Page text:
Daryl Jamieson


World Music Days 2019

I'm excited to head off to Estonia for the 2019 World Music Days in Tallinn and Tartu. In addition to representing the Japan Society of Contemporary Music at the assembly, I will also have a piece performed. On 7 May, Kristi Mühling (kannel) and Naoko Kikuchi (koto) will premiere a new arrangement of my 2015 piece 'Shakkei' (originally for guitar and 17-string koto) at the Arvo Pärt Centre (concert details here and Facebook event here).

If you're at the WMD this year, I look forward to seeing you there!

25 May 2019 - utamakura 4: St Dunstan in the East

My next concert in Japan will be on 25 May. In addition to the world premiere of my own piece utamakura 4: St Dunstan-in-the-East, brand-new arrangements of two collections of Mamoru Fujiedas Patterns of Plants series - Pattern of Plants the 19th: The Olive Branch Speaks and Pattern of Plants the 21st: The Oak Tree in Kanazawa - will be performed at the Cave in Yokohama.
Come and join us there!
For more details, see the
atelier jaku website.

23 February 2019 – Galerie Paris chamber concert in Yokohama

I'm excited to announce the first of what I hope will be many collaborations with Galerie Paris, a lovely contemporary art and fashion gallery in Yokohama. This concert, a co-production of atelier jaku with Galerie Paris, will feature two excellent contemporary music specialists, Gaku Yamada on guitars and Ryuta Iwase on clarinet. The programme includes two of my pieces.

Goodbye my son is a duo for clarinet and guitar. It was written for the opening and closing scenes of the short film Goodbye, my son (2017), directed by Yuichiro Nakada. The soundtrack was recorded by the same two musicians as will be finally giving the live première, more than a year later.

Gaku Yamada will also give the second performance of utamakura 1: ponds of Nara (cf this video of utamakura 2: Arnardalur, which was premièred on 6 September and utamakura 3: Saihōji, premièred in November). Ponds of Nara is my first and only piece for electric guitar, and I'm still finding my feet with electronics and field recordings, so this piece was quite an experiment for me. An excerpt from the programme notes:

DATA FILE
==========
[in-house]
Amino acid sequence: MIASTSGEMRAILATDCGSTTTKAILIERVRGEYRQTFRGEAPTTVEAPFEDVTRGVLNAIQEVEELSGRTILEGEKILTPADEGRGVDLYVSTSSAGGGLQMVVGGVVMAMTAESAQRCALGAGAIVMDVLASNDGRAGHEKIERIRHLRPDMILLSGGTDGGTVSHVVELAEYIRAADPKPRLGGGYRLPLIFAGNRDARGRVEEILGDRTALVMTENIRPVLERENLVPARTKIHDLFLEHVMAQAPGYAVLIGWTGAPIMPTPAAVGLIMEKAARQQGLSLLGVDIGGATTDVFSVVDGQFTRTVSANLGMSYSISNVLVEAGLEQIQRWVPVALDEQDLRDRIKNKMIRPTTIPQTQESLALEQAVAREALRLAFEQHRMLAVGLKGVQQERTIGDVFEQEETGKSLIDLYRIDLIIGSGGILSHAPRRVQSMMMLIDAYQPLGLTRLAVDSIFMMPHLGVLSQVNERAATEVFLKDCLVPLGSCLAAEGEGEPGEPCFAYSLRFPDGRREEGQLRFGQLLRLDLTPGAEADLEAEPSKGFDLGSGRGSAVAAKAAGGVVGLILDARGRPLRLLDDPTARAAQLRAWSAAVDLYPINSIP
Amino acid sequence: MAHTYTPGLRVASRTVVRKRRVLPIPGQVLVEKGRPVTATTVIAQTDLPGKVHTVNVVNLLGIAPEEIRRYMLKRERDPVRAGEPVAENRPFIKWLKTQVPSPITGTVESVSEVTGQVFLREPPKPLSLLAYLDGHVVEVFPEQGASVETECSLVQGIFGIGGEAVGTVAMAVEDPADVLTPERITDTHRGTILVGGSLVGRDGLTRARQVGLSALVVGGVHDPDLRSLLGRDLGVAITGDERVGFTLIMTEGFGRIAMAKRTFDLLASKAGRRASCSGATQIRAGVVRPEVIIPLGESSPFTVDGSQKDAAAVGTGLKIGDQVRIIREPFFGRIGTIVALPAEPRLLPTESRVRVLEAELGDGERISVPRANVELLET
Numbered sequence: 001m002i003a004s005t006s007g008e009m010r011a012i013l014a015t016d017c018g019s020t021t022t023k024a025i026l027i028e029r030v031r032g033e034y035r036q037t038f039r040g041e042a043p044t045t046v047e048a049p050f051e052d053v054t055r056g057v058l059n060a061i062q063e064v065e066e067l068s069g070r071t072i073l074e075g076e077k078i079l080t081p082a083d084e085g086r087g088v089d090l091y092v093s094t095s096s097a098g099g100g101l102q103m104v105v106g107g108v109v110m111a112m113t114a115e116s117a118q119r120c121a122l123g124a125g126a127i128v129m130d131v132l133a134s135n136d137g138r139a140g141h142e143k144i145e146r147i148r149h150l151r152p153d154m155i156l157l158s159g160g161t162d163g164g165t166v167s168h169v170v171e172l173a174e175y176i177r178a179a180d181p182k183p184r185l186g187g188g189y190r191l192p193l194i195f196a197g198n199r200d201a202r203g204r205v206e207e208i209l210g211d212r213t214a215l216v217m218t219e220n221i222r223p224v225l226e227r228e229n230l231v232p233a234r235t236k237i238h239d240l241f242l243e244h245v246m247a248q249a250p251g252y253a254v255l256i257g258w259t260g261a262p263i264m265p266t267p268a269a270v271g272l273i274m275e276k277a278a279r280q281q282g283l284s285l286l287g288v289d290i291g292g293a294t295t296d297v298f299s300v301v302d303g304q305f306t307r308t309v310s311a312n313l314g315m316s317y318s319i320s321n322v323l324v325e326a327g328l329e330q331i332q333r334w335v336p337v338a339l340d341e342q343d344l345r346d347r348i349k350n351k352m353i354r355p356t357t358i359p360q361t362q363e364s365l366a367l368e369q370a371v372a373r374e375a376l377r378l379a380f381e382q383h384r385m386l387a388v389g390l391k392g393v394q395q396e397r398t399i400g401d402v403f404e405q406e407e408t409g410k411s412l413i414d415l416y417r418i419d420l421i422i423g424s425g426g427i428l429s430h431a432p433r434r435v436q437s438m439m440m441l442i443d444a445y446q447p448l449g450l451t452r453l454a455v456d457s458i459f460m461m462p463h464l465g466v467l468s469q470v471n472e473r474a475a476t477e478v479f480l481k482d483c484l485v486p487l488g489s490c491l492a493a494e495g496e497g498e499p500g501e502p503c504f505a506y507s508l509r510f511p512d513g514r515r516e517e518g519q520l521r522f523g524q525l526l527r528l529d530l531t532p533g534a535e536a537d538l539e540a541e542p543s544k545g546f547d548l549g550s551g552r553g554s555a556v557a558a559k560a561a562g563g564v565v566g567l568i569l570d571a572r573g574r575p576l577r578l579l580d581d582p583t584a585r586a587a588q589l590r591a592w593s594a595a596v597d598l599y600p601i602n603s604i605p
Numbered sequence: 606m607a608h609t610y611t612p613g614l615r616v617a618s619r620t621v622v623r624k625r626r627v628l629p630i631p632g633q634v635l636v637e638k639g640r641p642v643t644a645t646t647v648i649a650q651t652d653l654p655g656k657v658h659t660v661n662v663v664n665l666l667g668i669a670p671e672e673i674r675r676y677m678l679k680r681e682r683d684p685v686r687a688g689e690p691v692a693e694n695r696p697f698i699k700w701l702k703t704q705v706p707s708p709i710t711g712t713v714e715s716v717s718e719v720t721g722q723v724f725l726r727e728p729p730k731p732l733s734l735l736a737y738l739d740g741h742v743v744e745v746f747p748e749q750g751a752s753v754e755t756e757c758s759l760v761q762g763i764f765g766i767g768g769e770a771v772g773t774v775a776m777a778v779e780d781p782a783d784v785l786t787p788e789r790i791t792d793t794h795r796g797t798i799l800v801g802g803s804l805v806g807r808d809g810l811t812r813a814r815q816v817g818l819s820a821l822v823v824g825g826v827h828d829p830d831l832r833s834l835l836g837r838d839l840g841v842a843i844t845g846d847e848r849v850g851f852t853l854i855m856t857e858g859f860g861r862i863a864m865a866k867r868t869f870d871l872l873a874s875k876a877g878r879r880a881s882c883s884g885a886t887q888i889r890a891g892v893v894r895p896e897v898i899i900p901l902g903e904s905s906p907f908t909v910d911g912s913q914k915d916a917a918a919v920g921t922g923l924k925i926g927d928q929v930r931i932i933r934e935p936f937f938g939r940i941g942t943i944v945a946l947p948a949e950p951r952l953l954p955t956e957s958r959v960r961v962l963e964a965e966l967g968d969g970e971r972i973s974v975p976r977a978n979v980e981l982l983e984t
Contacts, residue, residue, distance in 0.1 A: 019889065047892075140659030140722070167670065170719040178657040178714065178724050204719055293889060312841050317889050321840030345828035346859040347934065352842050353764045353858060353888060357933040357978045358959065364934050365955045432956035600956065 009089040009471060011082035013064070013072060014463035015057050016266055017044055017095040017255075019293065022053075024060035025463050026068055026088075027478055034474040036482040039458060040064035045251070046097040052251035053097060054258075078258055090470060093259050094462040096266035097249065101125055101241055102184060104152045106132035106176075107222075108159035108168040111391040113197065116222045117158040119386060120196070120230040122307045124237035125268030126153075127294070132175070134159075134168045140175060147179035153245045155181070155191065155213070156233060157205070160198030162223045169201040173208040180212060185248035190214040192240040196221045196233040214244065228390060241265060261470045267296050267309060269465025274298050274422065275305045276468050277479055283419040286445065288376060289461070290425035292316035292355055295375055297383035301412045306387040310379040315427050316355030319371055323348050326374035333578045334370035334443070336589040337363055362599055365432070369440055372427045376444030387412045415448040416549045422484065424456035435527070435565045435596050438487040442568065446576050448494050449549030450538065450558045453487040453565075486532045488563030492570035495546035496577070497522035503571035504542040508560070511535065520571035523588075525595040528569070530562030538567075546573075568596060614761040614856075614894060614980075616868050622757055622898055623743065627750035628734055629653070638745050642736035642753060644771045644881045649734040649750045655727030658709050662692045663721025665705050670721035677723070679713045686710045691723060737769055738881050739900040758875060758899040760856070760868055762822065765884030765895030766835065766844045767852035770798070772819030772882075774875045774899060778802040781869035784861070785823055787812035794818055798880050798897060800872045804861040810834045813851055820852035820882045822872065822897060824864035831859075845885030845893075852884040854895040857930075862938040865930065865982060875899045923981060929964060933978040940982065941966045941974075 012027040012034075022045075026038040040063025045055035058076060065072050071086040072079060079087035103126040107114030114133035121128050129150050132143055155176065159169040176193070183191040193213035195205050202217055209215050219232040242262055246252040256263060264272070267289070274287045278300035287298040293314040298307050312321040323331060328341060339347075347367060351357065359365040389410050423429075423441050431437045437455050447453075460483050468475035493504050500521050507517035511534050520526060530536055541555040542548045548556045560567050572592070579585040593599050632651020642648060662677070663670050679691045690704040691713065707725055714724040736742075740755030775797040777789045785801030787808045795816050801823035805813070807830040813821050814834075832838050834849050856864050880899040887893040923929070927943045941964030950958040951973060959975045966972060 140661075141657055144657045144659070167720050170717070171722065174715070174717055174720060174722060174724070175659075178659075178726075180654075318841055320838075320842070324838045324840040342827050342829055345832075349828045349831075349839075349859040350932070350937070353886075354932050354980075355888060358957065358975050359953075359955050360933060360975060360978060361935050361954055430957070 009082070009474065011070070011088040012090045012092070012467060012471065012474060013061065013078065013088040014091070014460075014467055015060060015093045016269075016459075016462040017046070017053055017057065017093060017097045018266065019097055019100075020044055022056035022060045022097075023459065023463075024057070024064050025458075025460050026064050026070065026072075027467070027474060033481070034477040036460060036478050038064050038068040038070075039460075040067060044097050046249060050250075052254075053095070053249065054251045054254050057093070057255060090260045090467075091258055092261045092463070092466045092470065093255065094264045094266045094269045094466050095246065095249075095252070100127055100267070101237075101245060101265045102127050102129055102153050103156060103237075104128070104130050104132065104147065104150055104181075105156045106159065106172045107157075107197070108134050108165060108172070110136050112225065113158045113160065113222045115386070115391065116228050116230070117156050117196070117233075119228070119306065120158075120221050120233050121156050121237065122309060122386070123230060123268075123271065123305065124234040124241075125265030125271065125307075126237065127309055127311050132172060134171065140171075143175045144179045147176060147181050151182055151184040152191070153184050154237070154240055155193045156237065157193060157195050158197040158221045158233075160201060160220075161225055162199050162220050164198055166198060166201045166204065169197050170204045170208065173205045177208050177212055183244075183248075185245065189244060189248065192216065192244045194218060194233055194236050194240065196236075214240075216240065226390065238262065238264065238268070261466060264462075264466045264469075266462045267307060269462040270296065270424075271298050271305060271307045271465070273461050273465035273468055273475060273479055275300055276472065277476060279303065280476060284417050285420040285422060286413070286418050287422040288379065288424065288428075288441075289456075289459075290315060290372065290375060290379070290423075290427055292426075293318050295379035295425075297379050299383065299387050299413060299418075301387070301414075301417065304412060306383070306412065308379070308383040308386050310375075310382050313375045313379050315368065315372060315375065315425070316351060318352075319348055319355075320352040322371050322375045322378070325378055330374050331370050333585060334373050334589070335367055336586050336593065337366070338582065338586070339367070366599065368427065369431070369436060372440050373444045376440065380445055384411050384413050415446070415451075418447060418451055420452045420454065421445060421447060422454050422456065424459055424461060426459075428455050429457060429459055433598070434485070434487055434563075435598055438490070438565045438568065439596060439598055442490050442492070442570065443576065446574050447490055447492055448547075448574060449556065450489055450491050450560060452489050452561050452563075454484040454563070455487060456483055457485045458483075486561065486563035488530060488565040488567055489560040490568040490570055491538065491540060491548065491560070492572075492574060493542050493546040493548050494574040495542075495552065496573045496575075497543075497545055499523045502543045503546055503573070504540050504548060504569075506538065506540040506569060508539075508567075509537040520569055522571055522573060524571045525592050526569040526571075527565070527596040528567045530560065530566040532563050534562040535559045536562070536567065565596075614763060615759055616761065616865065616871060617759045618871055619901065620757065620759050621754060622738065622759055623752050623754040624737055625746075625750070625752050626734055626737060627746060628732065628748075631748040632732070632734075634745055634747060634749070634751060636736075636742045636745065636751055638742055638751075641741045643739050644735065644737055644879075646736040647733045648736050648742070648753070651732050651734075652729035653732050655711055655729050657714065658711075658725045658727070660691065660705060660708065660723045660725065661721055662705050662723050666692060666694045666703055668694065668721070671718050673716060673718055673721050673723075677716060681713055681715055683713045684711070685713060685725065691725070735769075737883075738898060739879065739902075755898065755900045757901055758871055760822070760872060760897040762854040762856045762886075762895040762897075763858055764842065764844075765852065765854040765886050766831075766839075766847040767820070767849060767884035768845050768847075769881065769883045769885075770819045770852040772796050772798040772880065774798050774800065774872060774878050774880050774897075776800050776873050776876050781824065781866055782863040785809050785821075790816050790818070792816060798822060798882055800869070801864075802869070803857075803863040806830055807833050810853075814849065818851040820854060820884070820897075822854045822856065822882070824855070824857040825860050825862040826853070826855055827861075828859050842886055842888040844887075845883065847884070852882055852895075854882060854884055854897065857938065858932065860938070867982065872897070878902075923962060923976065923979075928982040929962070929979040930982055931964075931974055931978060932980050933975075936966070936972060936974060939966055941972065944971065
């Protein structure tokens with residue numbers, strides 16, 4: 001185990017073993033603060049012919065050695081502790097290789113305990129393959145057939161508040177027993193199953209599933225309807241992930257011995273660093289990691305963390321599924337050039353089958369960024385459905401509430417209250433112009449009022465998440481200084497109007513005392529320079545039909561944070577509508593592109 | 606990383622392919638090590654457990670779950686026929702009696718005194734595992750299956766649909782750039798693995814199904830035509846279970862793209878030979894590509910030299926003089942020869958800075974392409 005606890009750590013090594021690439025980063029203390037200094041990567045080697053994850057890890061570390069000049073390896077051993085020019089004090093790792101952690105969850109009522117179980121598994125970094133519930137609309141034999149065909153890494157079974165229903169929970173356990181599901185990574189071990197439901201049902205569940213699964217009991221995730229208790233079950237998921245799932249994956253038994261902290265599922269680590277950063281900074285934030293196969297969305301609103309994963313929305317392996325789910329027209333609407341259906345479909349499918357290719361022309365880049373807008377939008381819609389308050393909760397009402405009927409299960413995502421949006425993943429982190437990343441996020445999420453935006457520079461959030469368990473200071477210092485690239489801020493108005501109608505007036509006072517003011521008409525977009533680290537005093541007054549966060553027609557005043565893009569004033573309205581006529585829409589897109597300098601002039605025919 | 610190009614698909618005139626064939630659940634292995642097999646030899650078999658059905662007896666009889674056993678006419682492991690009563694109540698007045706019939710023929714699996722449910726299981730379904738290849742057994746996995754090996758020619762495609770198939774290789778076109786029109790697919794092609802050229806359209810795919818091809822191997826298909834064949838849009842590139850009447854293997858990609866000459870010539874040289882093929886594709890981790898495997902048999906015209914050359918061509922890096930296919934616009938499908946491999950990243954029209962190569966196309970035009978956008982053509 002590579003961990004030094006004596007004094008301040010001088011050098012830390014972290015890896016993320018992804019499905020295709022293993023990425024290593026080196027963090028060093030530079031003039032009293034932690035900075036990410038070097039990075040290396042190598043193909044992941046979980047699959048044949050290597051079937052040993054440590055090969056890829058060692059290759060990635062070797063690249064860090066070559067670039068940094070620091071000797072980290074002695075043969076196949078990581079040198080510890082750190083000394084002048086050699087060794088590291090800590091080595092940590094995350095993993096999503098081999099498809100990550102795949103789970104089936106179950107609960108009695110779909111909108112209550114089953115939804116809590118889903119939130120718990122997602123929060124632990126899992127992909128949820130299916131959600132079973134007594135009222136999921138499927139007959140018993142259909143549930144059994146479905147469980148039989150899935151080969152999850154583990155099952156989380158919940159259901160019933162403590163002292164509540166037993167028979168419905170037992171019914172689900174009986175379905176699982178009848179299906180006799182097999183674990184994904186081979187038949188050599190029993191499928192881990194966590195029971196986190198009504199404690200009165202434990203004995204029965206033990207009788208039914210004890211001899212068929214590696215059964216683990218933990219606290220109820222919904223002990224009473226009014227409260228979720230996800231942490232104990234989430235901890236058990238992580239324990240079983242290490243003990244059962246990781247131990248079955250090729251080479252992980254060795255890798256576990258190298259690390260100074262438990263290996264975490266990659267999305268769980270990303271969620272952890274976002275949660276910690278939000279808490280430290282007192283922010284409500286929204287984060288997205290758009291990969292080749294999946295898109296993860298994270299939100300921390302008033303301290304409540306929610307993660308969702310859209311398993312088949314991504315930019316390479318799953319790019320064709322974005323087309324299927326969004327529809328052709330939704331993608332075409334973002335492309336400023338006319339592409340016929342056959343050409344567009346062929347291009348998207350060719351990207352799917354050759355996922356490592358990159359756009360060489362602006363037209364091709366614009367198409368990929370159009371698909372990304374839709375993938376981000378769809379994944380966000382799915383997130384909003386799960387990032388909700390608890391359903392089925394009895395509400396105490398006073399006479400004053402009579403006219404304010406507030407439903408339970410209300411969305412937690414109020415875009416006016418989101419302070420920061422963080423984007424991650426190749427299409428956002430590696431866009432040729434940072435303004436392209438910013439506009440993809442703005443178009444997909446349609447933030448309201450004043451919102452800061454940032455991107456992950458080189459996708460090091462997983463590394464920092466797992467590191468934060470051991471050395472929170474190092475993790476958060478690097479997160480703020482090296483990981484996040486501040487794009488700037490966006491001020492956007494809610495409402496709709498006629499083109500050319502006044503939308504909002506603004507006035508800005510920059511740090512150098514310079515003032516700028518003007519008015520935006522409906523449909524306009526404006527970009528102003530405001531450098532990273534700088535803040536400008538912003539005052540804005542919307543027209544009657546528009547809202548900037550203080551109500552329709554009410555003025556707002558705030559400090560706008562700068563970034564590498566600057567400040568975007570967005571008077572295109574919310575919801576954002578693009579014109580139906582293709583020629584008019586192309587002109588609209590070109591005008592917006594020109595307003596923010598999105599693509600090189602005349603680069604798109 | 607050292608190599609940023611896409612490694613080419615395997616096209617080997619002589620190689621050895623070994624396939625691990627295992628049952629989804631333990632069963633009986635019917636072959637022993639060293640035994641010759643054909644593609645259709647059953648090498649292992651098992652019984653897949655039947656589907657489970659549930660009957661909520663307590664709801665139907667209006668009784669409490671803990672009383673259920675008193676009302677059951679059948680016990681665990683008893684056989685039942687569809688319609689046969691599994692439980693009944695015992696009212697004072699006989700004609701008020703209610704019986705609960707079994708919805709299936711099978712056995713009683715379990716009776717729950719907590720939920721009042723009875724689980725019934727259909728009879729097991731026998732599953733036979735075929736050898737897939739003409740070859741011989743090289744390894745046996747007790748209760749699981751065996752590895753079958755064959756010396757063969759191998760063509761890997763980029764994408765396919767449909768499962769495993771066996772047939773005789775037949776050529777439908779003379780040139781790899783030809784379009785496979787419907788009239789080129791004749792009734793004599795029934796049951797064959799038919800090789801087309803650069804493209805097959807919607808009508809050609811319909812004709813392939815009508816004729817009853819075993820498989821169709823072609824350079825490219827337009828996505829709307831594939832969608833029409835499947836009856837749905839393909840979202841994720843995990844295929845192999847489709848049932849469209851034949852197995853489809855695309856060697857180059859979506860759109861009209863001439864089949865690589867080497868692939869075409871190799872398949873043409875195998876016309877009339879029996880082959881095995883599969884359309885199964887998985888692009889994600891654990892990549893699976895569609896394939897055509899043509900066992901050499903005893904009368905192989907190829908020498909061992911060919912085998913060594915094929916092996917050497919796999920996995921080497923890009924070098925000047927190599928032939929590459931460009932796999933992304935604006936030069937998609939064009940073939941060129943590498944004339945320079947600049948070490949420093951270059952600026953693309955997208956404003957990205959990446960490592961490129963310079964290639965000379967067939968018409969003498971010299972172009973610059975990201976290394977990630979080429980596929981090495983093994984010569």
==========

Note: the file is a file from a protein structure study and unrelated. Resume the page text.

utamakura 1: ponds of Nara is based on three famous Nara ponds – Kasuga Shrine, Sarusawa Pond, and Katsumata Pond – associated with springtime, the love-suicide following an imperial affair, and ephemerality, respectively.

The full programme for the concert is:

Daryl Jamieson – utamakura 1: ponds of Nara for electric guitar and field recordings
Daryl Jamieson – Goodbye my son (world premiere live performance) for clarinet and guitar
Alex Jang – momentary encounter (5) (Japanese premiere) for clarinet
Giacinto Scelsi – Preghiera per un'ombra for clarinet
Daniel Brandes – with our shadows for clarinet and guitar
Makiko Nishikaze – St Michael's Garden for guitar

Time: 23 February 2019, doors open at 18:30, concert starts at 19:00.

Tickets: Reserved tickets at ¥3000 (¥1500 for students), including a reception after the performance.

Venue: Galerie Paris Nihon-Ōdori 14, Naka-ku, Yokohama

See more details and reserve tickets on atelier jaku's home page.

utamakura 3: Saihōji

On 10 November 2018, atelier jaku presents the first of a three-part series of concerts called the ‘Garden Series’. In this concert, the first half will feature new-music icon John Cage’s seminal Ryoanji for oboe and voice. Daryl Jamieson’s new piece utamakura 3: Saihōji for voice, cor anglais, and percussion with field recordings fills the second half.
Please join performers Yakushiji Noriko (voice), Unagami Nagisa (oboe/cor anglais), and Aita Mizuki (percussion) for a music event aimed at all five senses: including an art installation (Portable Garden) by regular atelier jaku collaborators Setsuami and Takeyama Keisuke, bespoke incense (Natura in minima maxima) and two specially-commissioned cocktails.

Tickets:    ¥3500
Drinks (including two bespoke cocktails) and food are available, but are not included in the ticket price.
Tickets are available to be purchased from atelier jaku directly (website).

Location:  Isezaki Bar 333
      1-3-1 Isezaki-chō, Naka-ku, Yokohama, Kanagawa
      (3 minutes walk from Kannai station on the JR Keihin Tōhoku/Yokohama/Negishi lines, or Yokohama subway's Blue Line)

'Hollow Sounds' Published

My first journal article since 2007 has been published in the Journal of Aesthetics and Art Criticism. The paper is called ‘Hollow Sounds: Toward a Zen-derived aesthetics of contemporary music’. It develops how my reading of Japanese philosophy (especially Kyoto School philosophy) has influenced how I listen. The aesthetics blog ‘Aesthetics for Birds’ has a summary I wrote up on their website, which is free to access.

Abstract: To attempt to fill a perceived gap in Japanese aesthetics concerning music, this paper sketches a possible way into conceptualising a Zen- or Kyoto-school-derived aesthetics of contemporary music. Drawing principally on Kyoto-School philosopher Ueda Shizuteru’s theories of language’s three levels (signal, symbolic, and hollow words), the author proposes a similar distinction between different kinds of musical experience. Analogous with Ueda’s analysis of poetry, the oscillation of signal or symbolic sound and hollow ones is found to be what gives certain contemporary music its spiritual power. By applying this poetic-religious theory of language to music, an entirely new way of understanding contemporary music becomes apparent. As test case of this new approach, Morton Feldman’s 1970 work The Viola in My Life (2) is analysed. The final section addresses the differences between this method of understanding via nothingness and traditional Idealist approaches via the Absolute.
Keywords: Kyoto School, Ueda Shizuteru, Morton Feldman, Jonathan Harvey, aesthetics of contemporary (atonal) music